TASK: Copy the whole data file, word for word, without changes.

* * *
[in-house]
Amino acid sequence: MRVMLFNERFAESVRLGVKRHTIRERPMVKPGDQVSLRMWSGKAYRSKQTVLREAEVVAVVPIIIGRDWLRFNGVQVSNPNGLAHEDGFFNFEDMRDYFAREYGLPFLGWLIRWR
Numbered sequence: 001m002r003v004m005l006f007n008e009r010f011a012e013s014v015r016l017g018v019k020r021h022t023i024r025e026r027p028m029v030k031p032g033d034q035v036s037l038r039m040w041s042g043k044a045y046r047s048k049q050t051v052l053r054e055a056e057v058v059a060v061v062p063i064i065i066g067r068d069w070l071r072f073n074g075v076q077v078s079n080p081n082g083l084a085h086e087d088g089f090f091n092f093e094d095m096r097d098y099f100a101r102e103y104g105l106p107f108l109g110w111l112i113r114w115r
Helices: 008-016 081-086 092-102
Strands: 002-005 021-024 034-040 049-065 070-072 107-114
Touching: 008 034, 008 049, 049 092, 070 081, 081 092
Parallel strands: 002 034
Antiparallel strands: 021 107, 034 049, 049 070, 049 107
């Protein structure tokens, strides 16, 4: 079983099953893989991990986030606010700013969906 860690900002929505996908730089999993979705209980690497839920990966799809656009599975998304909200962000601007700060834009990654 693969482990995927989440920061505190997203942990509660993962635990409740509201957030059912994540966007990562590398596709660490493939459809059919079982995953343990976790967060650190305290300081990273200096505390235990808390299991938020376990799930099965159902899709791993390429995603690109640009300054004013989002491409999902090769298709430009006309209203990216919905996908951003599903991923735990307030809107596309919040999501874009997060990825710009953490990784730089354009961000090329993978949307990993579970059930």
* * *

[in-house]
Amino acid sequence: MRVMLFNERFAESVRLGVKRHTIRERPMVKPGDQVSLRMWSGKAYRSKQTVLREAEVVAVVPIIIGRDWLRFNGVQVSNPNGLAHEDGFFNFEDMRDYFAREYGLPFLGWLIRWR
Numbered sequence: 001m002r003v004m005l006f007n008e009r010f011a012e013s014v015r016l017g018v019k020r021h022t023i024r025e026r027p028m029v030k031p032g033d034q035v036s037l038r039m040w041s042g043k044a045y046r047s048k049q050t051v052l053r054e055a056e057v058v059a060v061v062p063i064i065i066g067r068d069w070l071r072f073n074g075v076q077v078s079n080p081n082g083l084a085h086e087d088g089f090f091n092f093e094d095m096r097d098y099f100a101r102e103y104g105l106p107f108l109g110w111l112i113r114w115r
Helices: 008-016 081-086 092-102
Strands: 002-005 021-024 034-040 049-065 070-072 107-114
Touching: 008 034, 008 049, 049 092, 070 081, 081 092
Parallel strands: 002 034
Antiparallel strands: 021 107, 034 049, 049 070, 049 107
């Protein structure tokens, strides 16, 4: 079983099953893989991990986030606010700013969906 860690900002929505996908730089999993979705209980690497839920990966799809656009599975998304909200962000601007700060834009990654 693969482990995927989440920061505190997203942990509660993962635990409740509201957030059912994540966007990562590398596709660490493939459809059919079982995953343990976790967060650190305290300081990273200096505390235990808390299991938020376990799930099965159902899709791993390429995603690109640009300054004013989002491409999902090769298709430009006309209203990216919905996908951003599903991923735990307030809107596309919040999501874009997060990825710009953490990784730089354009961000090329993978949307990993579970059930």